Film Review – Blair Witch
Chances are you’ve fallen into one of two camps when it comes to 1999’s record-shattering indie The Blair Witch Project: you’re either appreciative of its (at the time) gonzo, POV approach and guerrilla marketing strategy or you’re the other 80 percent of the planet. Personally, I loved it. It was a defining visceral experience for me, only slightly/forever tarnished by the rushed and nonsensical sequel, Book of Shadows: Blair Witch 2.
When word broke of the surprise sequel at this year’s San Diego Comic-Con, excitement ran high. In addition to contributing to my favorite new trend of unveiling a franchise entry only slightly before it’s release (see also: 10 Cloverfield Lane), Blair Witch was revealed to be the newest brainchild of Adam Wingard and Simon Barrett, creators of the masterful thrillers You’re Next and The Guest. Foolproof, I thought. Foolish, I now think.
Wisely ignoring the initial sequel, Blair Witch centers on James Donahue (James Allen McCune), brother of the ill-fated Heather from the original. An ominous title card informs us a DV tape was located in the woods near where she is thought to have disappeared. The footage contains images of someone James becomes convinced is Heather.
Enlisting the help of his friends – Ashley (Corbin Reid), Lisa (Callie Hernandez) and Peter (Brandon Scott) – James decides to venture into the dreaded Black Woods Forest and, why not, let’s film it all, Where the original outing was only captured on one camera, adding to the surmounting paranoia, these kids are packing a brick ton of millennial-friendly gadgets, including, I kid you not, a drone. I pity the poor, fictional sap tasked with cobbling together this footage once it’s been retrieved.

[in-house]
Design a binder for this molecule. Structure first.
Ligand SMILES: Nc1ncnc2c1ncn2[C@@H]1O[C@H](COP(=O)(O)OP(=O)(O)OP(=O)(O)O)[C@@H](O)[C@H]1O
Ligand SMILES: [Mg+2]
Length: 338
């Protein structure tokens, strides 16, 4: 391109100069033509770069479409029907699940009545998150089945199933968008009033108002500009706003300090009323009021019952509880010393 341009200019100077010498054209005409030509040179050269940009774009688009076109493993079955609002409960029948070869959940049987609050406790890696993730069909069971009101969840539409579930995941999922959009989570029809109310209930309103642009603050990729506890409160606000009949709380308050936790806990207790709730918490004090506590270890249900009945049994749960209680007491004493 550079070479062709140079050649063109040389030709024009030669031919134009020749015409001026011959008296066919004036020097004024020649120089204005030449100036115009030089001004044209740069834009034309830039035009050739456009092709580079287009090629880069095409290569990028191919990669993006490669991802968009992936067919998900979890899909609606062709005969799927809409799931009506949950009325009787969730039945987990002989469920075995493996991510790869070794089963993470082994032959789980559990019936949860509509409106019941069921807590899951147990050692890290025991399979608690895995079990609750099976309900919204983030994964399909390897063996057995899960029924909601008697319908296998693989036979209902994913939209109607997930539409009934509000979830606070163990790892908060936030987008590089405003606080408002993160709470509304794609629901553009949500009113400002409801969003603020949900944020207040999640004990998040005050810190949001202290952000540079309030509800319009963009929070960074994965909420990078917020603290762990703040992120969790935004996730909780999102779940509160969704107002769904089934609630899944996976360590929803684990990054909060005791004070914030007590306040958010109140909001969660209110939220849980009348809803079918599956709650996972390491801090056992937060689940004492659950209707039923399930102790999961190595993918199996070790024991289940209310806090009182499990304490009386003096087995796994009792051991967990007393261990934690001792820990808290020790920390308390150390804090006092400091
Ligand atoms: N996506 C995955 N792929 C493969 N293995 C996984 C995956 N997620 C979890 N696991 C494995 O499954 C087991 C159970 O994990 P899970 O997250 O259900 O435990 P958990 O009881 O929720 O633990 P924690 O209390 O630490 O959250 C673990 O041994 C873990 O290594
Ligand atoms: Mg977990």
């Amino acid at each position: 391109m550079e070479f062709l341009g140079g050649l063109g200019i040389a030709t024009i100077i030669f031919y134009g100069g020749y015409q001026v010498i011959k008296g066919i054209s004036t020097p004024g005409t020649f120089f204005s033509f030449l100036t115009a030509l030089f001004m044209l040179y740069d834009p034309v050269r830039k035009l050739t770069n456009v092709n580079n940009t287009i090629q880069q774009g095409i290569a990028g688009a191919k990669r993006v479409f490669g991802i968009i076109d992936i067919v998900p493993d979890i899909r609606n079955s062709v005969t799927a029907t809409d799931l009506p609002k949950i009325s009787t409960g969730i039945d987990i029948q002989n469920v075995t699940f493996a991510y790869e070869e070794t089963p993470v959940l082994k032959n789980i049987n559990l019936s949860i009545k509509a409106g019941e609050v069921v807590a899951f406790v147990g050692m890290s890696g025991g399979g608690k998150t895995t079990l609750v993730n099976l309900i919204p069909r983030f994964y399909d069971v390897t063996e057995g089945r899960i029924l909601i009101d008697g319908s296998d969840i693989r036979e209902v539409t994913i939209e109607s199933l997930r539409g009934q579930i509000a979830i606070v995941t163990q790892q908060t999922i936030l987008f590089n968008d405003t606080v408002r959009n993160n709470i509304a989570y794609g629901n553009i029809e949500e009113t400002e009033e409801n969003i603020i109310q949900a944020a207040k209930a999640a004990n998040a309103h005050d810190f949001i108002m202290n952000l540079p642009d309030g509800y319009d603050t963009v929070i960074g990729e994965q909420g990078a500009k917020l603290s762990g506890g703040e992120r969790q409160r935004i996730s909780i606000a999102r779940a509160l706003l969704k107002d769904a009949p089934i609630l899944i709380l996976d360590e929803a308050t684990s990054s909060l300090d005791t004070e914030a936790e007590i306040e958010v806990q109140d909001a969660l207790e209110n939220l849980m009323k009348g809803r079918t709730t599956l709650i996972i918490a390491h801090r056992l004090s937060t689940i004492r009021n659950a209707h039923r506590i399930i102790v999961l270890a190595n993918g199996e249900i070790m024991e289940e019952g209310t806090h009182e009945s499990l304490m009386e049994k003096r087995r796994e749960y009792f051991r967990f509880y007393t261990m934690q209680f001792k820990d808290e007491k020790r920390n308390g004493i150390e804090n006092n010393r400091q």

Given Wingard’s pedigree and the deceiving buzz post-Comic Con screening, I fully expected something of a twist on the original and hoped for characters we could sympathize with or relate to. There was a full 20 minutes before the film’s setpiece to flesh these crazy kids out and yet I already can’t recall a single interaction that gave indication as to who they were as people. Sadder still, the signature Wingard/Barrett dark humor is all but entirely absent this time out.
Fine, it’s a horror movie. We don’t need more than flimsy characterization as long as there are some good scares to be had, yeah? Tragically, Blair Witch fails here hardest of all. The original succeeds, despite there being not much to go on outside of the faint sound of children chattering, rustling tents and a few bloody hand prints. Much of the fright sprouted from the unknown. Here, we’re all too familiar with what’s to come and the sheer lack of surprise or terror is disheartening on every level. I haven’t seen jump scares this cheap since, I dunno, Book of Shadows.
I’ve spent a good deal of this review comparing it to the original, which could be construed as unfair. It’s my responsibility, after all, to view the new entry on its own merits. Trouble is, I can’t find them. Blair Witch is an uninspired retread, plain and simple. If you disagree, come find me. I’ll be standing in the corner, eyes closed tight, asking for my 90 minutes back.